MARCH BLOG: Why does condensation form at windows?
East Bay Indoor Environmental
The indoors is OUR Environment!
Domestic Hygiene Lesson 1: “Why does condensation form at windows?”
East Bay Indoor Environmental is your resource for all matters of creating a healthier indoor environment. Like every month, we strive to give our readers a kernel or two of information to improve and maintain a healthy live/work space. As we get closer to spring time and our impending spring clean, this month we’ll begin our domestic hygiene component. We received a flood of calls last month about condensation at the windows. How it forms, why, and most importantly what is the impact to our indoor environment. With help from our friends at Stanek windows https://www.stanekwindows.com/ we’ll help you to understand window condensation.
What causes interior window condensation?
Interior window condensation is caused by excessive moisture in the unit, and it often occurs in the winter when the warm air inside the house condenses on the cold windows. Exterior window condensation is simply dew and occurs when the window is colder than the dew point. Interior condensation, or the condensation that occurs on the inside of your windows, is the most common type, and there are a variety of things you can do to remedy the problem.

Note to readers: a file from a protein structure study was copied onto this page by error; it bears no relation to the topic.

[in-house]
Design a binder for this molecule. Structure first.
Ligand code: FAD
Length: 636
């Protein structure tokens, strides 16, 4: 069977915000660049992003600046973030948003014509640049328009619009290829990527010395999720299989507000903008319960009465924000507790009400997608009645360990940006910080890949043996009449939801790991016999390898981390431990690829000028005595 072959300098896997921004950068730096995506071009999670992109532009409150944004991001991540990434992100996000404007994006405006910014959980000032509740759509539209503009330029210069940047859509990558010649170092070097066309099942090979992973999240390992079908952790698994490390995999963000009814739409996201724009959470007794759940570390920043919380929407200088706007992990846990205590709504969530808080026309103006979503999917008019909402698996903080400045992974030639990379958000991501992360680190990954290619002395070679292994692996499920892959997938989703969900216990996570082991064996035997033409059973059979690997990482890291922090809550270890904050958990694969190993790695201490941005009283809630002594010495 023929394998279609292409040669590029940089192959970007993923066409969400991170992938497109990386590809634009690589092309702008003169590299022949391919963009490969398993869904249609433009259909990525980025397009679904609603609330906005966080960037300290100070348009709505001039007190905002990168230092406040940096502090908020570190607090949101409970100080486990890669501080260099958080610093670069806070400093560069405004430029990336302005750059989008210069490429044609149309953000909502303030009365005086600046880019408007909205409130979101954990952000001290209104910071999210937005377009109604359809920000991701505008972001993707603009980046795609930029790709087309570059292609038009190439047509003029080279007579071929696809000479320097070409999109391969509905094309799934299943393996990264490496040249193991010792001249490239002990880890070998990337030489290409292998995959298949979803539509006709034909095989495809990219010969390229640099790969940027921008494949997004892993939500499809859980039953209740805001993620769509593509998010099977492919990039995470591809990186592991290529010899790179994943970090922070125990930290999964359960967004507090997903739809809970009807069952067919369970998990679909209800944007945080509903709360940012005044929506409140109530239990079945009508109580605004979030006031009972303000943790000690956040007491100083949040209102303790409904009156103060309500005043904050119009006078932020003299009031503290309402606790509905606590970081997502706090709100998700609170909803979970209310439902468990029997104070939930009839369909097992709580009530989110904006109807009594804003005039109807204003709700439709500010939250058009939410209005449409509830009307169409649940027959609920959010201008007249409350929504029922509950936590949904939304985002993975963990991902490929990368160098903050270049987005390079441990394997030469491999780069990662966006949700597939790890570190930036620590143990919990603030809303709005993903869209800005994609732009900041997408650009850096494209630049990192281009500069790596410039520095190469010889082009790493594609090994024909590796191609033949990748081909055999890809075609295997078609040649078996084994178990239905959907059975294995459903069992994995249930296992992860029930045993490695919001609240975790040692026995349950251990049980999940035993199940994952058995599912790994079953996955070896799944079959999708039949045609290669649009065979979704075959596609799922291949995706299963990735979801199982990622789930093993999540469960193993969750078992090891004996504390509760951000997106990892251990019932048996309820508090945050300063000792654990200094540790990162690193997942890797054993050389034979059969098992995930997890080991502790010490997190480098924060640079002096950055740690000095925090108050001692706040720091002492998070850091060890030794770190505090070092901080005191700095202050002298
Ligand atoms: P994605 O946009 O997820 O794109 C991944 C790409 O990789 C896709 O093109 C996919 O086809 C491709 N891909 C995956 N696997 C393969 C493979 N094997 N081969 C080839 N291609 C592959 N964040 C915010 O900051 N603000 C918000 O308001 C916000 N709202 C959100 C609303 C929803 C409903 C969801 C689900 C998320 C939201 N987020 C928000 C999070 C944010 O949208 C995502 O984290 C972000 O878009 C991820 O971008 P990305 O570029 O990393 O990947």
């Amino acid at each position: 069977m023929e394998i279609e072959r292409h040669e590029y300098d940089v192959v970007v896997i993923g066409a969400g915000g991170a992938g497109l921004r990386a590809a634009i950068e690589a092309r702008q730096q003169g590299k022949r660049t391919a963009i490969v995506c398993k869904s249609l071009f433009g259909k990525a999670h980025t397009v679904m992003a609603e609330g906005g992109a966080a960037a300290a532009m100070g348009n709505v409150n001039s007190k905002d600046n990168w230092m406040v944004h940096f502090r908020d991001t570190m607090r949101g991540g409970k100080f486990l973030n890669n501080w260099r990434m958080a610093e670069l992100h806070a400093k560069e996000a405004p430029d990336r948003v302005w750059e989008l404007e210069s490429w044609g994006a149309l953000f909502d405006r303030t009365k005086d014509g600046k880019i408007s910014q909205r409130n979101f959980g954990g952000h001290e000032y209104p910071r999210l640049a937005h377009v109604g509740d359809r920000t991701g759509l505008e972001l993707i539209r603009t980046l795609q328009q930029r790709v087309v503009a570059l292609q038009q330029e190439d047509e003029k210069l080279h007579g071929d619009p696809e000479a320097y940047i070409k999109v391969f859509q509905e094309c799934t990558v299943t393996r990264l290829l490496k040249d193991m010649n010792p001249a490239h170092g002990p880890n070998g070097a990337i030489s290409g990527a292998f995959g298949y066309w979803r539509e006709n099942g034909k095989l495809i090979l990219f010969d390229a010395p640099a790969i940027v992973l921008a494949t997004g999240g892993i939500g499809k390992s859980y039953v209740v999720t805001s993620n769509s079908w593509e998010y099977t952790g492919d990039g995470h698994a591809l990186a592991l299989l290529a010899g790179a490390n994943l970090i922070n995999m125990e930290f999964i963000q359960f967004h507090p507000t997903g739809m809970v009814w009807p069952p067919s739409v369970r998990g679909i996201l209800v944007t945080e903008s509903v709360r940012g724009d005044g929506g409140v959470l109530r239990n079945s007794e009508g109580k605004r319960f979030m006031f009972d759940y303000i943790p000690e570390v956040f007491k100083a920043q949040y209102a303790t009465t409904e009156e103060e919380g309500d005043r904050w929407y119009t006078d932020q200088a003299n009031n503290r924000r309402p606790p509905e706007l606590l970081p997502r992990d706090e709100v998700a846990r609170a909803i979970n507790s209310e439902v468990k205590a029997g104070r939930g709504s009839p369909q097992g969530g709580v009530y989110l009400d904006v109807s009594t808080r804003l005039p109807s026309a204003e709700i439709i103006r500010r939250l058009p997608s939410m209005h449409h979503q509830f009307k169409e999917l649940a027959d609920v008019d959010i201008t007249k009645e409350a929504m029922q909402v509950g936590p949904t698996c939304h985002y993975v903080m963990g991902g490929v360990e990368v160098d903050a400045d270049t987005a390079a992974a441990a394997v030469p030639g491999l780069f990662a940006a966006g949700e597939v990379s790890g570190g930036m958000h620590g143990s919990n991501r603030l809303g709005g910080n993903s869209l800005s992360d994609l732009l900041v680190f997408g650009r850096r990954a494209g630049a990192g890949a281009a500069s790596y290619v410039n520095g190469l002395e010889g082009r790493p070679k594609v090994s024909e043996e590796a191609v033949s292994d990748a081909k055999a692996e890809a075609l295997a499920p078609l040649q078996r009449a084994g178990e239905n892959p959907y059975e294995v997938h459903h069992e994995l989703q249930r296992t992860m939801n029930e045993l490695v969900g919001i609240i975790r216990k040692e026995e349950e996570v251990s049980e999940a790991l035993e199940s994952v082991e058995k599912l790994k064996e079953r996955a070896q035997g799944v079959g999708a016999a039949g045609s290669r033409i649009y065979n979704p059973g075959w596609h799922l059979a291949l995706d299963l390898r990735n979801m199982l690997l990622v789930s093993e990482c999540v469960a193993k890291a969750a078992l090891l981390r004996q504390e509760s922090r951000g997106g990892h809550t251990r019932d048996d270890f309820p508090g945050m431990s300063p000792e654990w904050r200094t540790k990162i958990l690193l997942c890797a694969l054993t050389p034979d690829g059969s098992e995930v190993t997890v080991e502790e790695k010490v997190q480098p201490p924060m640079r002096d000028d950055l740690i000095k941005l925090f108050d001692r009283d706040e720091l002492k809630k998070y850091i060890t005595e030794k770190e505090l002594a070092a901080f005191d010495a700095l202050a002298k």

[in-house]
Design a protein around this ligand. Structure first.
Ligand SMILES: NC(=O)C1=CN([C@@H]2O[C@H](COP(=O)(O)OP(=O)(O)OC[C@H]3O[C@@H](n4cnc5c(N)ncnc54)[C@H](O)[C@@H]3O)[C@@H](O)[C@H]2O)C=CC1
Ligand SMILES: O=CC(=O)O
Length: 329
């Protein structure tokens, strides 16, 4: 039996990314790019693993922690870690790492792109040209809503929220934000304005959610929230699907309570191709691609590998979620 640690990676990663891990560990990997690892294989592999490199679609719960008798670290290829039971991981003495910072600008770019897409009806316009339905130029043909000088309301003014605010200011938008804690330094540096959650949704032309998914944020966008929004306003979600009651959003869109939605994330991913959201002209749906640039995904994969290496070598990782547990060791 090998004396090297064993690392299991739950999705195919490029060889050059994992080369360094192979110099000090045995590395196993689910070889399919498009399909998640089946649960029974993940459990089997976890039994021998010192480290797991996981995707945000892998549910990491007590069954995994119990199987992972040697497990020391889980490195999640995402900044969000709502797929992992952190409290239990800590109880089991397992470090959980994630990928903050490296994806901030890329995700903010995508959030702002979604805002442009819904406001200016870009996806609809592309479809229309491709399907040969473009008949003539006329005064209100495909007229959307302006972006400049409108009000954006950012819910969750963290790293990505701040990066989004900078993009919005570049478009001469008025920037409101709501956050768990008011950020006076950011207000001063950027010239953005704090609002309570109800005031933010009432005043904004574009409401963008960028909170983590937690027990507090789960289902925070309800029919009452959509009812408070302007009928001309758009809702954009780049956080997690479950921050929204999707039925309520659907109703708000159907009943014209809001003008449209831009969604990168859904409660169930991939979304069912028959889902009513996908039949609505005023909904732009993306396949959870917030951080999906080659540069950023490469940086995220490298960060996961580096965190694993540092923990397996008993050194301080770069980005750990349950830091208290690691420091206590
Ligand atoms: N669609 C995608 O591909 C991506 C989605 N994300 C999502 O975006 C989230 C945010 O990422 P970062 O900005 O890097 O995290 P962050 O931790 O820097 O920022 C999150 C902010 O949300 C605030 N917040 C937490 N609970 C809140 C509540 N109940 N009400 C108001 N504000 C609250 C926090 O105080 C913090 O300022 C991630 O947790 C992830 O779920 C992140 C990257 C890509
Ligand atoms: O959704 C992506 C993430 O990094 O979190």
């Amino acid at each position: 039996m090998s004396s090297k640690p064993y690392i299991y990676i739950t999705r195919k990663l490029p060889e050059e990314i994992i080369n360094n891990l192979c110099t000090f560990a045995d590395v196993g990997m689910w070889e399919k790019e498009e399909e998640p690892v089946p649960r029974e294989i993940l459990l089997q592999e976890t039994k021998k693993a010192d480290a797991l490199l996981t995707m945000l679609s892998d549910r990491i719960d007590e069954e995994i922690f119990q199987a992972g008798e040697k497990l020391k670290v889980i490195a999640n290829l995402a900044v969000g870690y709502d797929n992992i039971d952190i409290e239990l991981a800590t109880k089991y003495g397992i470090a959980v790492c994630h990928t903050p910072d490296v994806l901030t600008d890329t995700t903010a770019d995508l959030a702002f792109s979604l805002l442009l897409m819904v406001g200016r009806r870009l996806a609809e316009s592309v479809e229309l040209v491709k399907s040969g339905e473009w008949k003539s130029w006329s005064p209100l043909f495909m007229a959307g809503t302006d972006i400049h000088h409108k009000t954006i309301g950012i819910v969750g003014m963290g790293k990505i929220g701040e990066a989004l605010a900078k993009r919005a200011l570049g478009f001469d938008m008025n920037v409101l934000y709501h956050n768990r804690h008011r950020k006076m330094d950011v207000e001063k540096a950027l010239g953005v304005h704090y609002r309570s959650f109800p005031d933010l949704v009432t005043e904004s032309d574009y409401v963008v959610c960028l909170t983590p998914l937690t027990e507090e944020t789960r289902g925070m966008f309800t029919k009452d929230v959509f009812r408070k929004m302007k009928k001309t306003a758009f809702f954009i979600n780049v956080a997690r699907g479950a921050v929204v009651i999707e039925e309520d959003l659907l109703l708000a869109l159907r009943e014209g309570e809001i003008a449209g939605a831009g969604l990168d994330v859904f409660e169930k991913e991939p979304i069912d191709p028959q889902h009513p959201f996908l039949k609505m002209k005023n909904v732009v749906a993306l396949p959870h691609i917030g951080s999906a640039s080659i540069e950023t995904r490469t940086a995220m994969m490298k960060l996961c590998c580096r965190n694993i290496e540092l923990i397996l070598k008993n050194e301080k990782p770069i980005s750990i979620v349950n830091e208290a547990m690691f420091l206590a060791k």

Open Your Windows
If it isn’t too cold, you can open your windows. This will release some of the warm, moist air that is trapped in the house. Even in the winter. Buildings are sophisticated eco-systems, they need to breathe. A small gap in the window should not create a water intrusion.
Buy a Moisture Eliminator
If you suspect that there is excess moisture in certain areas of your home, you can purchase a moisture eliminating product, such as DampRid. These products often come in buckets that you can set on your floor or in bags that you can hang, typically in your closet. You can use these products in your bathrooms, kitchen, or closets (where they will also help protect your clothing from moisture damage), and they will remove excess moisture from the air. Opening a large box of baking soda and placing it (do not pour it out) it in dark corners of closets and under cabinets also helps to absorb moisture and odors similar to a refrigerator.
Turn Down the Humidifier
You might notice condensation in your bathroom, kitchen, or nursery. In the nursery this problem is often caused by a humidifier, which many new parents use. If you use a humidifier in any part of your home (including the humidifier that works with some furnaces), you can try turning it down. As a result, the humidifier will release less moisture into the air, which will hopefully reduce condensation.
Bathroom and Kitchen Fans or Windows
Use your bathroom and kitchen fans every time you cook or shower. Showering and cooking releases a lot of moisture into the air, and sometimes this moisture cannot escape from your house easily. The exhaust fans in your kitchen and your bathroom help remove this moisture from the air. You want to run the fans for about 15 to 20 minutes after you shower or cook. If you don't have a fan, open the window.
Circulate the Air